O Christmas tree! O Christmas tree!
How richly God hath decked thee!
"For God so loved the world that he gave his only Son, so that everyone who believes in him shall not perish but will have eternal life." (John 3:16).

At the heart of most people's Christmas decorations is a tree. Some cut them down, others buy them at special lots, and many others unpack them from boxes. Each year millions of trees appear in homes, stores, schools, and parks as a time-honored symbol of the holidays. Depending upon the use of lighting and ornaments, tress can appear traditional or modern. Some are just inches tall and sit on tables, and others reach toward the skies. Large or small, real or artificial, the tree is essential to the holidays. This year, after your tree is in place, perhaps it's time to take a deeper look at why the evergreen is a part of the celebration of a Savior's birth and how we can use it to reflect on God's greatest promise for us. The story begins with a monk.

Boniface was an early Christian missionary. Only six hundred years after Christ walked on the earth, this priest from Devonshire, England traveled across Europe sharing the story of Jesus.  On one of his trips, he came across a band of men gathered around a large oak tree, preparing to sacrifice a small boy to the god Thor. Legend has it that the alarmed missionary, in an attempt to stop the child's murder, rushed forward and struck the tree with his fist. The mighty oak fell to the ground, revealing a small fir tree just behind it. Having captured the men's attention, Boniface explained that the evergreen tree stood for the eternal life offered by Christ, and that the fir tree's triangular shape represented the Trinity of Father, Son, and Holy Spirit. Not only was the child saved but the men became Christians.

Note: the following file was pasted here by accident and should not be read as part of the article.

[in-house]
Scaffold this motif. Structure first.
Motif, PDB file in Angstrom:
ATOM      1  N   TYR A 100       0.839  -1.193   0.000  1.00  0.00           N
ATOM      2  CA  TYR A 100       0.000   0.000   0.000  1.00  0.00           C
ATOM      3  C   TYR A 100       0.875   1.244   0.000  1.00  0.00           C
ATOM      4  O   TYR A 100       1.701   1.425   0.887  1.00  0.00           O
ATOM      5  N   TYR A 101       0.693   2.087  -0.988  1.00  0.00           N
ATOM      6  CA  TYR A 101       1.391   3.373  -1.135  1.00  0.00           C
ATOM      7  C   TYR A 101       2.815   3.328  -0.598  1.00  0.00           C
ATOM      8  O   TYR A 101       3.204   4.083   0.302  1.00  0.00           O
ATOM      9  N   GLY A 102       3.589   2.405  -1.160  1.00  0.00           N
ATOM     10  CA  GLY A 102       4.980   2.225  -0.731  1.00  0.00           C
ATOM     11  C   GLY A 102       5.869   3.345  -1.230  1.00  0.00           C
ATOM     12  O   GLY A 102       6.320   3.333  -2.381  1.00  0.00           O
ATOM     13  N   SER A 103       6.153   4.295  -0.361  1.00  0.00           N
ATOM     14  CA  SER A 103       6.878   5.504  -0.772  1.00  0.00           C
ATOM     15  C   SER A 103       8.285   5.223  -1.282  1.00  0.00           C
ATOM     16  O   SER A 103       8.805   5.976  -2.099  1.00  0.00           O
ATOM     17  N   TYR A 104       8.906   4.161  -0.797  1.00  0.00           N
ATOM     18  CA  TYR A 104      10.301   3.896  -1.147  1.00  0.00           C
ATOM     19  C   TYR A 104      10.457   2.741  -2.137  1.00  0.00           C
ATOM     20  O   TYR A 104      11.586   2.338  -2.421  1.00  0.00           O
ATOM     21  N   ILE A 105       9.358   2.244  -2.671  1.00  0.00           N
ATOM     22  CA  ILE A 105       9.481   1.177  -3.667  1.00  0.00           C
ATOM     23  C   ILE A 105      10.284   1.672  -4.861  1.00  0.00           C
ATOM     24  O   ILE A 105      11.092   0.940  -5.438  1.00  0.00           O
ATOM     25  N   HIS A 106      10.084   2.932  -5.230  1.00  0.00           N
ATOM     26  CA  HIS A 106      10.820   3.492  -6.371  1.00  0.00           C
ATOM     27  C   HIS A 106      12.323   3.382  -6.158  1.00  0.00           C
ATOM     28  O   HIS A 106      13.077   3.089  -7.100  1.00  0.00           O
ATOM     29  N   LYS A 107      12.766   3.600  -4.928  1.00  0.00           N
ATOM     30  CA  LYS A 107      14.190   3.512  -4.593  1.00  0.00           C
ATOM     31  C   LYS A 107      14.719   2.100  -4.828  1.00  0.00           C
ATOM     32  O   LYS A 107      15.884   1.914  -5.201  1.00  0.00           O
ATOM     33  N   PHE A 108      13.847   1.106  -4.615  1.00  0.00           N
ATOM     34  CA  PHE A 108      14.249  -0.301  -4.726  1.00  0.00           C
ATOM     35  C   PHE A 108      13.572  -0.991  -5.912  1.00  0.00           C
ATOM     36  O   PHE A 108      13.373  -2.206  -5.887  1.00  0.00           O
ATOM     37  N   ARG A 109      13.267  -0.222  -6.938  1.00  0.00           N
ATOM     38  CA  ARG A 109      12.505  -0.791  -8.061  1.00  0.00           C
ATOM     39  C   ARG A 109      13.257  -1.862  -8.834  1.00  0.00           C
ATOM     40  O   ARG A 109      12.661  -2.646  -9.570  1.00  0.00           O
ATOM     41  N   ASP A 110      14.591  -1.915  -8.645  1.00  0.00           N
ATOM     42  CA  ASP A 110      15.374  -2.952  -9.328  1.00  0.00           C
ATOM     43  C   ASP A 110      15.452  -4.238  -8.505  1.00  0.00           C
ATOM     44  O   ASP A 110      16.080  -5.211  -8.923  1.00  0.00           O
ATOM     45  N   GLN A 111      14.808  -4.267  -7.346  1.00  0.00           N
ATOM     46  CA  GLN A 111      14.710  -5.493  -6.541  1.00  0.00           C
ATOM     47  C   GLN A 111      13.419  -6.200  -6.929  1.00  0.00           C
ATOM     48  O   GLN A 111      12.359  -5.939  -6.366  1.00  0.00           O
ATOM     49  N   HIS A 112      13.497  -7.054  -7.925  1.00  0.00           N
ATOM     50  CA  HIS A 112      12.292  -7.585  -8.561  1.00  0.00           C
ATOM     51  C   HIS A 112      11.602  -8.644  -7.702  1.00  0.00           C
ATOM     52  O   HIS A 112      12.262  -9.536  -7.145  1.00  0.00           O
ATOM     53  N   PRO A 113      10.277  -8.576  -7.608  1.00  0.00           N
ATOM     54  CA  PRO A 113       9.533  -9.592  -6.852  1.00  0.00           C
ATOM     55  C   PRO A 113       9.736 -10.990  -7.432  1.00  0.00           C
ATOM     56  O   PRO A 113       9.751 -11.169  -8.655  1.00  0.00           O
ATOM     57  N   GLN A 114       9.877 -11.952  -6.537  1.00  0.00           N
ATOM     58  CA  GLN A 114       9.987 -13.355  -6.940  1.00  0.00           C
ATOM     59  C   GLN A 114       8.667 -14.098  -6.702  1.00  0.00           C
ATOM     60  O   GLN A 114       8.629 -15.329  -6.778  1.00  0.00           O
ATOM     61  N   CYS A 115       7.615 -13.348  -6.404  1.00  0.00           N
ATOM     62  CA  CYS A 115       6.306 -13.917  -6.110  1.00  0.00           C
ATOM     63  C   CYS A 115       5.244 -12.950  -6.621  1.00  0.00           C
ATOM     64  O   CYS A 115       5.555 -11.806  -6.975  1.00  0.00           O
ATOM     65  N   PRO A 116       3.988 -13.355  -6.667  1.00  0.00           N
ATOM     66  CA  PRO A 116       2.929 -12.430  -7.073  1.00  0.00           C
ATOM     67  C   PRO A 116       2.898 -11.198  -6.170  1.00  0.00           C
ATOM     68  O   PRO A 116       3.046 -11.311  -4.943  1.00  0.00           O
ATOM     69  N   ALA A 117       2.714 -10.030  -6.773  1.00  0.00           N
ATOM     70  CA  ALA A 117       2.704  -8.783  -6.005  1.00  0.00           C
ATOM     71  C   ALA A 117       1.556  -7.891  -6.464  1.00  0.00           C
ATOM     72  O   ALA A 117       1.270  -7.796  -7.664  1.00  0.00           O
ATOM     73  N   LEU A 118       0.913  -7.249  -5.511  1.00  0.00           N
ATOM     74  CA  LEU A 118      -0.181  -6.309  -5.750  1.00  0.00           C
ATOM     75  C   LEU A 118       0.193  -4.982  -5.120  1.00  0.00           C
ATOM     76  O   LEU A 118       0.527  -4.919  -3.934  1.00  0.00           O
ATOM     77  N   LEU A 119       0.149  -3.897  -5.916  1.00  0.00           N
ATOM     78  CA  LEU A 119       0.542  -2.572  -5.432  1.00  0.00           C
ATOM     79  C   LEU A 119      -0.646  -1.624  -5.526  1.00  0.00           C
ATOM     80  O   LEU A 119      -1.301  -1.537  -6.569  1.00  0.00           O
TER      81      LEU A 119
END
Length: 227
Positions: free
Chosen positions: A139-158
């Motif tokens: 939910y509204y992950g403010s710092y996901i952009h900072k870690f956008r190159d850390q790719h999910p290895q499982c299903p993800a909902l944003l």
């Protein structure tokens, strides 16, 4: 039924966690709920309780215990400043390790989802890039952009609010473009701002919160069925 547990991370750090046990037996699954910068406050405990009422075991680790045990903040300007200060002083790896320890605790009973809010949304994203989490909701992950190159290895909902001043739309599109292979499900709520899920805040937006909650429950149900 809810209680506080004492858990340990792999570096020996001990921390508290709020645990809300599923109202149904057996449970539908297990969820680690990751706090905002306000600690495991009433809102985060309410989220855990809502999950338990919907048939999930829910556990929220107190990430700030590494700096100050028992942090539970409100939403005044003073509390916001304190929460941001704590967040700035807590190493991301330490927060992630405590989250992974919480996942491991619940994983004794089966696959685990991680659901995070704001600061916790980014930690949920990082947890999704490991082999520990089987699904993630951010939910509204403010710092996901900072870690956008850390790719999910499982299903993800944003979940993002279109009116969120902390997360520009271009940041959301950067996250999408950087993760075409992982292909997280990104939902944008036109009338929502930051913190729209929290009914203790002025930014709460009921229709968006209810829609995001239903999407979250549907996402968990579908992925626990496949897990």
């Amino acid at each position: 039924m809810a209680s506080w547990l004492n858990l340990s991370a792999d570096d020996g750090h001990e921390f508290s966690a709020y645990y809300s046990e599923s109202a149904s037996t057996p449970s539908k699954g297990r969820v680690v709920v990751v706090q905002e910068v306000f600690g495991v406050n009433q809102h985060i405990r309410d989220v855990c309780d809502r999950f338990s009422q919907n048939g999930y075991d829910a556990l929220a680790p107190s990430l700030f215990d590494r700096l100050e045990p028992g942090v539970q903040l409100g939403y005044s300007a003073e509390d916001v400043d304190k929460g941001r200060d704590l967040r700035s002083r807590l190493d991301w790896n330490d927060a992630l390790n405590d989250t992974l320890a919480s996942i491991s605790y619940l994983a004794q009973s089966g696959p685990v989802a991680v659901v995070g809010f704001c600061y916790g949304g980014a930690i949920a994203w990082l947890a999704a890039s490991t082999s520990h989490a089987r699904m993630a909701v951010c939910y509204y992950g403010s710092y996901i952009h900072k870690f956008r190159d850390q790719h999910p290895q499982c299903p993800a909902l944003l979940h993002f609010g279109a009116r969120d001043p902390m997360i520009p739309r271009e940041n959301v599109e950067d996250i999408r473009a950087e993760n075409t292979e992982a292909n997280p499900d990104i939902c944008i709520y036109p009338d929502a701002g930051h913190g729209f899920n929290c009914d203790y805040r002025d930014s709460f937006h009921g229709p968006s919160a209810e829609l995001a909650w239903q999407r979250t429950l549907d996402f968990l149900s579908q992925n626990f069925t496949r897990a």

Following Boniface's lead, other missionaries began using the evergreen tree as a symbol of eternal life. By 1200, many Christians embraced this symbolism to the point they brought trees into their homes at Christmas as a way of remembering the reason God came  to earth in the form of a child. As times passed, more elements were added. Martin Luther added a candle (our Christmas lights have taken its place) to represent the light that came into darkness when Christ was born. Red decorations were used as a way of remembering the blood that Jesus shed on the cross for our sins,

This year when you look at a Christmas tree, reflect on what it means to you. Don't allow your eyes to leave the tree without remembering God's promise in John 3:16. The green in that tree stands for everlasting life.

Ace Collins tells the story of a song called, "O Denneboom." By the Middle Ages, most people in Germany were bringing trees into their homes at Christmas. During the dark days of winter, just the act of putting the evergreen tree in a home and smelling its sweet scent lifted spirits. Families not only offered prayers around the trees, but they sang familiar carols. An ancient folk song, originally titled, O Denneboom, was written:

O Christmas tree, O Christmas tree, 
thy leaves are so unchanging.
Not only green when summer's here,
but also when tis cold and drear.


O Christmas tree! O Christmas tree!
How richly God hath decked thee!
Thou bidst us true and faithful be,
and trust in God unchangingly.
O Christmas tree! O Christmas tree!
How richly God hath decked thee!